VIOLENCE DETECTION IN CROWD FOOTAGE: ENGINEERING STATISTICAL FEATURES USING TRANSFORMED OPTICAL FLOW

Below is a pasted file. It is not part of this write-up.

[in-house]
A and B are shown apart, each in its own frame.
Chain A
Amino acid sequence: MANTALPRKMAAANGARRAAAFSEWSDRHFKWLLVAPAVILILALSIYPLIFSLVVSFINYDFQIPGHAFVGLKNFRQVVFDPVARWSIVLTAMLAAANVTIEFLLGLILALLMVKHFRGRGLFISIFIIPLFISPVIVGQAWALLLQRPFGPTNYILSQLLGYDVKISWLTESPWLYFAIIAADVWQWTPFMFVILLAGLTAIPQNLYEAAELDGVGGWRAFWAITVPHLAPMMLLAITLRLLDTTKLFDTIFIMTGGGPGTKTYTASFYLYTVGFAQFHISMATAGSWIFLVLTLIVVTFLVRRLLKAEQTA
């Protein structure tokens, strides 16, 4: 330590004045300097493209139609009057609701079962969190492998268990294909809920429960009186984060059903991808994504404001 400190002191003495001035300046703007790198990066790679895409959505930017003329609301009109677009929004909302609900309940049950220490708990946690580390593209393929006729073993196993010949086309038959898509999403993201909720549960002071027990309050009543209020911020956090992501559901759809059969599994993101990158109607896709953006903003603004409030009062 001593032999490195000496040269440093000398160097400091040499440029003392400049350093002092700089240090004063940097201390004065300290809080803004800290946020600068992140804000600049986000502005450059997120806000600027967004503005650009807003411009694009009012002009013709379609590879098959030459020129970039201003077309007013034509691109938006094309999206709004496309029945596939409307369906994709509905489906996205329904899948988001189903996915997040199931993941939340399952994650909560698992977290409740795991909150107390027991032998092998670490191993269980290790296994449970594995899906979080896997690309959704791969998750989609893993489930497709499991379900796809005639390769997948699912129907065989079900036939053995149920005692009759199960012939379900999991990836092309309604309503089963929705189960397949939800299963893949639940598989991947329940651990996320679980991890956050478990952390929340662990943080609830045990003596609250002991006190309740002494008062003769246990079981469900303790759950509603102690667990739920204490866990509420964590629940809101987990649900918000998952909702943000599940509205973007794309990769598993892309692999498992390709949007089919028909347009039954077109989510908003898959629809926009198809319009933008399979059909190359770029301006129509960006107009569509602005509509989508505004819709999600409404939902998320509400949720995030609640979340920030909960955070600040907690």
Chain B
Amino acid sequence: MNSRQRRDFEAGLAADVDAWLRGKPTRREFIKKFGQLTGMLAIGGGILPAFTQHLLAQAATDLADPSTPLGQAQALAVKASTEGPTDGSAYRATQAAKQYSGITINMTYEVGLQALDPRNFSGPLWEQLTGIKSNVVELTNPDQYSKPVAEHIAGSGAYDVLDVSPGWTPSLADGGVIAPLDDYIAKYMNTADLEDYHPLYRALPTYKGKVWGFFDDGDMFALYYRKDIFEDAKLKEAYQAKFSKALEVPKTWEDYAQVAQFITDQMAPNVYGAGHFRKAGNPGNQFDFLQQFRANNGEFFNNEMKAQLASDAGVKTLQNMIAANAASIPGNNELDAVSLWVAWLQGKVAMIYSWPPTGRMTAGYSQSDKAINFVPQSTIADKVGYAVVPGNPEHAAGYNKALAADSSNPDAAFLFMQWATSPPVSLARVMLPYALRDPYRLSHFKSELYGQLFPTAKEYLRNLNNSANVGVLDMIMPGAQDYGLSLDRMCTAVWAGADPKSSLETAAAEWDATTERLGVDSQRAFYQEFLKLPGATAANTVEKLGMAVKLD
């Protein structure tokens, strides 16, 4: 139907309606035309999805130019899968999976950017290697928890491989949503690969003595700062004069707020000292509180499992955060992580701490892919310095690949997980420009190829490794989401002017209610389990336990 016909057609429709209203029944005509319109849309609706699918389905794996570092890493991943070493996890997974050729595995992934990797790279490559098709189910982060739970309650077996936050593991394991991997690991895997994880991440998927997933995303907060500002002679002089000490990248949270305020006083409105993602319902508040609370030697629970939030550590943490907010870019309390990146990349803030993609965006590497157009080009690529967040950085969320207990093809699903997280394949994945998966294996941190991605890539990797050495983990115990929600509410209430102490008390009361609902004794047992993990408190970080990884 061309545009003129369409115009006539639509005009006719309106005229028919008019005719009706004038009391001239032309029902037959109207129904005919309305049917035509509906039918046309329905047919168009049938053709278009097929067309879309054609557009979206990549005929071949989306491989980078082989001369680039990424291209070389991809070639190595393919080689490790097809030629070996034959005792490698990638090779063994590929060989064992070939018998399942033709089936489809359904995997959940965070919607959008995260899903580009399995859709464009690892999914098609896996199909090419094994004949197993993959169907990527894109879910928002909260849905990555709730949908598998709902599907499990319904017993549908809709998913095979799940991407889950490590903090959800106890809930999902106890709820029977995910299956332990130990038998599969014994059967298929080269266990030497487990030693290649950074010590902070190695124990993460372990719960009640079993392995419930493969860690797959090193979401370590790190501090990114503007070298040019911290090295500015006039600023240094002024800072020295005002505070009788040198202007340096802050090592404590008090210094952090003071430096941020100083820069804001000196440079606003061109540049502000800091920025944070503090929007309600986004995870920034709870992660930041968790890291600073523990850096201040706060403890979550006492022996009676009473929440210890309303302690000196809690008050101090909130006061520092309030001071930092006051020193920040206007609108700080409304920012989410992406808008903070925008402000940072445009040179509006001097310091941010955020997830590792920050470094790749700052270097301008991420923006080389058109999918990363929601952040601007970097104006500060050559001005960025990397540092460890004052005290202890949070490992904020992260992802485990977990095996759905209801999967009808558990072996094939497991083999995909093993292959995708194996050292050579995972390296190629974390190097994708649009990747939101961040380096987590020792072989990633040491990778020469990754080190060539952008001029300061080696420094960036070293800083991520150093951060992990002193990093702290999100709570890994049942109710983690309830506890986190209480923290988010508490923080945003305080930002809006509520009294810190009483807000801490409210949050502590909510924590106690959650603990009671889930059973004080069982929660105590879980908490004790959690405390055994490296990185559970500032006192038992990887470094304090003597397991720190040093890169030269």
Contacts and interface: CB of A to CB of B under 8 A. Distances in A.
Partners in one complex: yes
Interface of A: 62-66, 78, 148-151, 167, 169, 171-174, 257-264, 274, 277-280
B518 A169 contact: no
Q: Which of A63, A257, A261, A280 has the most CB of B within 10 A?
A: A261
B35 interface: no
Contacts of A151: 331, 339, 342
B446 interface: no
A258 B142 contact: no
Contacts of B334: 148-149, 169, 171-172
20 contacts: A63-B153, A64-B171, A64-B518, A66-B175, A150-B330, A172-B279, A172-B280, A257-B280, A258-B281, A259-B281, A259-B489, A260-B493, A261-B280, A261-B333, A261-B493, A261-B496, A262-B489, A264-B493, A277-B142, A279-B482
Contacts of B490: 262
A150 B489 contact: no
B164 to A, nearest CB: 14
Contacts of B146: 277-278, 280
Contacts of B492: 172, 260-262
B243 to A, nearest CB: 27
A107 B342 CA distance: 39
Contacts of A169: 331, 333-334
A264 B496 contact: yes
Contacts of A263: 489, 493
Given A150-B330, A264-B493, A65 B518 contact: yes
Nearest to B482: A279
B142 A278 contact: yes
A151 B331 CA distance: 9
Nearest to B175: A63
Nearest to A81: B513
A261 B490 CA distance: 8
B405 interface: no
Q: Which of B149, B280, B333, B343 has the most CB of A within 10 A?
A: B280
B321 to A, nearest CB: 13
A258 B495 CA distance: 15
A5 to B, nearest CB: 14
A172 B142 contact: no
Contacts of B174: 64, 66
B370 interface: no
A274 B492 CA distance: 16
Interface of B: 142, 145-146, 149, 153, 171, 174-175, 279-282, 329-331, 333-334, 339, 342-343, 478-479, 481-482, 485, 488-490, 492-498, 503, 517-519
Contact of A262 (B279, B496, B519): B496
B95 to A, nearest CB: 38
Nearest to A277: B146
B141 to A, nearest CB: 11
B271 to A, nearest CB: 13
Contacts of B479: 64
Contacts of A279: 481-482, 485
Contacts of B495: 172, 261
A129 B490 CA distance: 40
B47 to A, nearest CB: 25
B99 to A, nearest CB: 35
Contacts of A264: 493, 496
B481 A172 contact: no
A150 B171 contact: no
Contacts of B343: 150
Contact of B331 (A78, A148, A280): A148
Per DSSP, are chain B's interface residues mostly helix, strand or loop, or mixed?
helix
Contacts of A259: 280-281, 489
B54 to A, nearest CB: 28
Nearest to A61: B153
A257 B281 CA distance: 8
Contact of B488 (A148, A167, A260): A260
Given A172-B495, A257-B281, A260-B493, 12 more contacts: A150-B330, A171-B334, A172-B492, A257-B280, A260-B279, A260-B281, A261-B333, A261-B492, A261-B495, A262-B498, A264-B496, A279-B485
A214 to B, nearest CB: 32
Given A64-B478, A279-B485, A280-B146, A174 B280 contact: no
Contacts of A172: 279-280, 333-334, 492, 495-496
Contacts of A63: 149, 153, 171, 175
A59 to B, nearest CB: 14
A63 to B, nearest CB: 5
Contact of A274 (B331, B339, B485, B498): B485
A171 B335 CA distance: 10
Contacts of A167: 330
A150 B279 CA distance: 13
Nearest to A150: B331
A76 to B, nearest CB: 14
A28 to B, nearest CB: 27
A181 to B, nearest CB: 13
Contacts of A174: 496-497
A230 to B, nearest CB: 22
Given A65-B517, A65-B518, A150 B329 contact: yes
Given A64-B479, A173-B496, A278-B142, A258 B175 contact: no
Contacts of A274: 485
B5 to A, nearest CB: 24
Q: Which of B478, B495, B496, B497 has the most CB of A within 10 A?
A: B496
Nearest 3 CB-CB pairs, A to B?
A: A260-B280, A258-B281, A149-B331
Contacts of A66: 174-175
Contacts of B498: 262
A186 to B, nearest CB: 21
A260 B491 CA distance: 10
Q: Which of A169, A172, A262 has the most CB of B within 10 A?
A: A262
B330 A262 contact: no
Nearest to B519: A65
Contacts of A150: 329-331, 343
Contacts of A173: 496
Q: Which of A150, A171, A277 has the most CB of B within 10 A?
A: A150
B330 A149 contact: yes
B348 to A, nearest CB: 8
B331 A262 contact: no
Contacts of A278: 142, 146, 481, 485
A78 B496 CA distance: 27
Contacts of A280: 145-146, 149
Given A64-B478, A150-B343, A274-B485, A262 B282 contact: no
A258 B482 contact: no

Video surveillance technology is becoming increasingly common and is often used to increase safety in public spaces. However, the effectiveness of the video information on its own is questionable as it relies on someone manually reviewing the footage, in real time or retroactively. The current research intends to improve video surveillance technology by using computer vision and machine learning techniques to automatically detect a violent event within a crowded scene, in real time. Meaningful information is extracted from the raw, gray-scale pixel data. This is done through optical flow feature extraction, then a projection of those values onto a plane which approximates the ground in the reality of the scene. The projection is done as a means to account for perspective distortion affecting the optical flow calculation. The dimension of the feature set is reduced through quantizing the frame and following several statistics through time. Random forest variable ranking is leveraged to further reduce the feature set. Promising results are found using simple cutoff classifiers in the target region of the frame.